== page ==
applications from anywhere in the world. And isn’t that part of the beauty of remote work? Realistically, if you’re crossing time-zones, then you might need to be a bit more flexible occasionally. But, the odd conference call at an inconvenient hour is a small price to pay for the freedom of working from home.
Although Outsourcely doesn’t have the same number of job postings as some of the other sites we’ve looked at, it does have a good number of part-time roles. Part-time hours might not be for everyone, but if you’re looking to work remotely to give yourself more flexibility and more family time, then working part-time might be a useful option.
Other sites, such as Dribbble and Behance, do more than simply offer to link up employers with employees. They foster a true community of designers. They allow you to showcase your work. You can display projects that you are proud of, projects you’re working on. They help you to show any potential employers your skills, abilities and background. You can even see what everyone else is up to, so everyone can draw inspiration from one another. They
put your profile out there, so there’s always the chance that a potential client could see something they like in your work, and reach out.
There are lots of differences between the two sites. They both achieve some similar things, but in different ways, and it would pay to have a presence on both platforms. One thing they share, however, is a page of job listings with very easy-to-use search options. Dribbble tends to have more listings than Behance and even clearly labels each job which is ‘Remote Friendly’. Check them both regularly, as both sites post high-quality jobs, and are regularly updated.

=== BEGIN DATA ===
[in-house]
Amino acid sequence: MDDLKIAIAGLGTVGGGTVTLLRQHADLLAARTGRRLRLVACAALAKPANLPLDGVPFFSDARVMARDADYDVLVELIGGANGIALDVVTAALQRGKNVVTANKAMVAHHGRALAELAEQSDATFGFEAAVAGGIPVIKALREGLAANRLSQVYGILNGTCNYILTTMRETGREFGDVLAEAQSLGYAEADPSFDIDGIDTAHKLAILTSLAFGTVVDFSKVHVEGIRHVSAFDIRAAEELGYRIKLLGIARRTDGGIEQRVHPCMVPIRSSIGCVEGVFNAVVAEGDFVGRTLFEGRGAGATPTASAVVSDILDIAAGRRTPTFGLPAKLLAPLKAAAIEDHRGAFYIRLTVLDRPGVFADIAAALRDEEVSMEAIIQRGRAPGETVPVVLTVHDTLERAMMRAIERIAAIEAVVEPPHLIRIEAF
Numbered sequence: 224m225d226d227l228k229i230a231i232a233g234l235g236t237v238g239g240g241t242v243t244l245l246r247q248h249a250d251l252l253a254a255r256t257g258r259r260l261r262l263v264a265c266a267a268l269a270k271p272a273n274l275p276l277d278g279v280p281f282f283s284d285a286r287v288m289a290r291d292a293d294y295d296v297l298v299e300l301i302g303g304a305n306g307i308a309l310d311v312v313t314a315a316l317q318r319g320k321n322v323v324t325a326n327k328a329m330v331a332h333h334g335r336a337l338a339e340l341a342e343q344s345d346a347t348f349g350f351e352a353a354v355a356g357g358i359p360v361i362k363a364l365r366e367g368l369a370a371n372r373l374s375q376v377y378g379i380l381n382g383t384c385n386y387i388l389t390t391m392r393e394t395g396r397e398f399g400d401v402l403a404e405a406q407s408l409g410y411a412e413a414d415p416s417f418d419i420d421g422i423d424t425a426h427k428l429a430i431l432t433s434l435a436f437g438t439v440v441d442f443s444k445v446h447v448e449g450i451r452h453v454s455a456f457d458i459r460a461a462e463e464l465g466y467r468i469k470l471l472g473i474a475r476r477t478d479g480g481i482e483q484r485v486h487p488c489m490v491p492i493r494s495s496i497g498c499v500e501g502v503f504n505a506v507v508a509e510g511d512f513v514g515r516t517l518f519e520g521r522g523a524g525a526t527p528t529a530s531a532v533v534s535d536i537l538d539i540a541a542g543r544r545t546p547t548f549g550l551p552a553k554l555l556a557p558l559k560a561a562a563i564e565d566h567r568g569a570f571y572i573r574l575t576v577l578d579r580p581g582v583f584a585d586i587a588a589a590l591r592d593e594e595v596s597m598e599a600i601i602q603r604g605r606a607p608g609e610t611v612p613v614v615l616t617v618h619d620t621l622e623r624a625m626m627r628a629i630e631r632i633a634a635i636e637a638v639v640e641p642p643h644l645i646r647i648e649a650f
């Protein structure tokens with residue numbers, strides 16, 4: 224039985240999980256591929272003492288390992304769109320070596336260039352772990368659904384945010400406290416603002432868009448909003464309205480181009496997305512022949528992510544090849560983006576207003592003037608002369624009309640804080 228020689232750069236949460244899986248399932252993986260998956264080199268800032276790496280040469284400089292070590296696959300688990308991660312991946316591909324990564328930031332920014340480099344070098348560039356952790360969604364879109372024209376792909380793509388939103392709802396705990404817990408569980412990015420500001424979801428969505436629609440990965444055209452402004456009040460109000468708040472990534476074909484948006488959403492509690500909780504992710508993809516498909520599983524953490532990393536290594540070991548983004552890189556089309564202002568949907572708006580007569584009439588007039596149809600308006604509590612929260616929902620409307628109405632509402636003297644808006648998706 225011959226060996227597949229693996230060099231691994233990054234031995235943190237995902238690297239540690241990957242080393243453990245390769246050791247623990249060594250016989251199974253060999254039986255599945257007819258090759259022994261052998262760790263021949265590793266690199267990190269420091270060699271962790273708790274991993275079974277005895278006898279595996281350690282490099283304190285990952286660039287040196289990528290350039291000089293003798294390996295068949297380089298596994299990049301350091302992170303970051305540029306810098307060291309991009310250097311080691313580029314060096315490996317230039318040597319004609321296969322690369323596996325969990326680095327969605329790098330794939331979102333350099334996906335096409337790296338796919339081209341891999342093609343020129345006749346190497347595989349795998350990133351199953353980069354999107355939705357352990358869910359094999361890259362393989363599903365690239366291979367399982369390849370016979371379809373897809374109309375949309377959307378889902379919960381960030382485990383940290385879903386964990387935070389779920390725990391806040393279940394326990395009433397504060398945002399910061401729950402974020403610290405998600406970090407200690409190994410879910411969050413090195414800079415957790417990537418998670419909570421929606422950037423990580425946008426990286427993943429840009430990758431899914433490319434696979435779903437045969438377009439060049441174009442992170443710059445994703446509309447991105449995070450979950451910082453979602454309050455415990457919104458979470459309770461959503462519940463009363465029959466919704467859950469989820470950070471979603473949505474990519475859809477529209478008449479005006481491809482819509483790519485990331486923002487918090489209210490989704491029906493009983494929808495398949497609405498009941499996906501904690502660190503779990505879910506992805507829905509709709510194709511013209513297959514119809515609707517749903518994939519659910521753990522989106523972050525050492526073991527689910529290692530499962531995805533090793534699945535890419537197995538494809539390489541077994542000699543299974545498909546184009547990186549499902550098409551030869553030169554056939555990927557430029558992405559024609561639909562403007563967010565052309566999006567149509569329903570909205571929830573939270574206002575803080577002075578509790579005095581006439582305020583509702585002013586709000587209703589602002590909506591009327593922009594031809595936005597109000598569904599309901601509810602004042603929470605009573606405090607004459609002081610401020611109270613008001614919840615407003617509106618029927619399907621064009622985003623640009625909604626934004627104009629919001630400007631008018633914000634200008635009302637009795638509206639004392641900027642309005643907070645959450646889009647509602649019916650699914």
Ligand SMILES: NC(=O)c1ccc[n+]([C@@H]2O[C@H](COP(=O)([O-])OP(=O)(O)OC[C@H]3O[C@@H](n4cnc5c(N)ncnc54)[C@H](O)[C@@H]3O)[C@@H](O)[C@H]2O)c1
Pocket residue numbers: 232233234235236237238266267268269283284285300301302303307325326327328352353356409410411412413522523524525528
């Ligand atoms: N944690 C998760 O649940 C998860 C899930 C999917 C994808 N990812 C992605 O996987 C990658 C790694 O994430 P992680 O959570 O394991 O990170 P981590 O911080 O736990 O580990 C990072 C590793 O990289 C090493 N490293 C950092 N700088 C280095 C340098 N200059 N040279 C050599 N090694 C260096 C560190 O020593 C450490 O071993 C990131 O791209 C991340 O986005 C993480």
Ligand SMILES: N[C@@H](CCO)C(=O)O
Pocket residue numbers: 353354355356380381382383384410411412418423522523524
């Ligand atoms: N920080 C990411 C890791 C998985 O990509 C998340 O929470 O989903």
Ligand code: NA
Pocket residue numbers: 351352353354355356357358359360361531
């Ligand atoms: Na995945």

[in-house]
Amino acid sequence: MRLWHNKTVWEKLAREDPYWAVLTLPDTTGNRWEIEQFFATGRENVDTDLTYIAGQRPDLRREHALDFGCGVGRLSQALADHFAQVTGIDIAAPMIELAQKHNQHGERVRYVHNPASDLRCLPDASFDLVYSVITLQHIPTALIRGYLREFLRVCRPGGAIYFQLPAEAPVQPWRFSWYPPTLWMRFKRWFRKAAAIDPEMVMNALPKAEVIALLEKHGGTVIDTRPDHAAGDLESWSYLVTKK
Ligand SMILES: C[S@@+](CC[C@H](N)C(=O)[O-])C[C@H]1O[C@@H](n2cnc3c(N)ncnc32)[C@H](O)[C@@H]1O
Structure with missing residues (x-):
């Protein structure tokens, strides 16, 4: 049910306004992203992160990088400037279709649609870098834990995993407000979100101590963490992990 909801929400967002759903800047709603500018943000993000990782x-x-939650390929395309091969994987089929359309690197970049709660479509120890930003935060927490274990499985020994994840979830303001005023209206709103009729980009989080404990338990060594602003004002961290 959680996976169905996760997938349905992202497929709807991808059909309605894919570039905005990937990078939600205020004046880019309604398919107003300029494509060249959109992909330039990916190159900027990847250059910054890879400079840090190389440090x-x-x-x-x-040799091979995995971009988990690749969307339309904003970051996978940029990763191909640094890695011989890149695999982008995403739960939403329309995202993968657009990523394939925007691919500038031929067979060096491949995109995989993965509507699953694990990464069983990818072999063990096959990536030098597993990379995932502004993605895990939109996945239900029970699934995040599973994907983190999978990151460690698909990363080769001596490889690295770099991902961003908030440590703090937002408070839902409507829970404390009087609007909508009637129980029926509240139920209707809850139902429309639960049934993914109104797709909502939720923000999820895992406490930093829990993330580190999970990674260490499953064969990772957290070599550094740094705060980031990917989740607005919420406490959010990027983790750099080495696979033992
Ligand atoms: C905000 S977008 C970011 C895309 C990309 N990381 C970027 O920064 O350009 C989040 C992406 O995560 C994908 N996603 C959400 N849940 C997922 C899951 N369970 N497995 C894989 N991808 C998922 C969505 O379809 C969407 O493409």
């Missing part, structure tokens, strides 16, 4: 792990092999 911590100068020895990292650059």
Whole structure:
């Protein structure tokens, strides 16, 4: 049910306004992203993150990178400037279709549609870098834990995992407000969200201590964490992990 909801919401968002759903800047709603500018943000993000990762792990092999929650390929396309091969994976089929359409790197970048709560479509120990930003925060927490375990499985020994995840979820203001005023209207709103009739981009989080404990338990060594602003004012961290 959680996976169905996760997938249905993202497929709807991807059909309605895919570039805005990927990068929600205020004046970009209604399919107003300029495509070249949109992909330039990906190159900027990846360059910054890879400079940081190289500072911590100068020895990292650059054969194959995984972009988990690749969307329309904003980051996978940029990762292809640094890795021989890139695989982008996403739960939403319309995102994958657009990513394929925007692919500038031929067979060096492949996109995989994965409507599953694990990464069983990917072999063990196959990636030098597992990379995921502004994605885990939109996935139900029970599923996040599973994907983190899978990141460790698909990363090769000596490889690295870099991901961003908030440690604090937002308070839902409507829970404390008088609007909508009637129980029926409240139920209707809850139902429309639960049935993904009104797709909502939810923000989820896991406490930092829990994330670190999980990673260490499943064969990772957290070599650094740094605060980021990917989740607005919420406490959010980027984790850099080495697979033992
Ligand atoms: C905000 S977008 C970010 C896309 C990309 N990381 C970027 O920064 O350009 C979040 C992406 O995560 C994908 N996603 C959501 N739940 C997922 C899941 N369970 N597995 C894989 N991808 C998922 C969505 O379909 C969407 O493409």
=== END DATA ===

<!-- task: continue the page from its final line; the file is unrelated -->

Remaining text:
Where to Find Freelance Design Jobs Remotely
We’ve looked at salaried jobs working for an employer. What if you want even more flexibility? What about remote freelance design jobs? Maybe you’ve always been employed, or maybe you’ve got some freelance experience? It’s likely you’ve generally been pretty near your clients, but that’s not always necessary. Remote freelance jobs are advertised in many places.
Fiverr appeared in 2010, linking clients with providers offering a huge range of services (or ‘gigs’). It grew quickly, and by 2013 it had amended its system to allow designers to charge more than the basic $5 per job. In fact, despite the site’s origins, it’s now possible to charge enough to make a comfortable wage, as long as you can attract the clients.
Naturally, it was followed by copycat sites. The imaginatively titled Fourerr is all but abandoned, but Zeerk has a busy graphic design community. People Per Hour does a similar thing, but with a focus on the UK.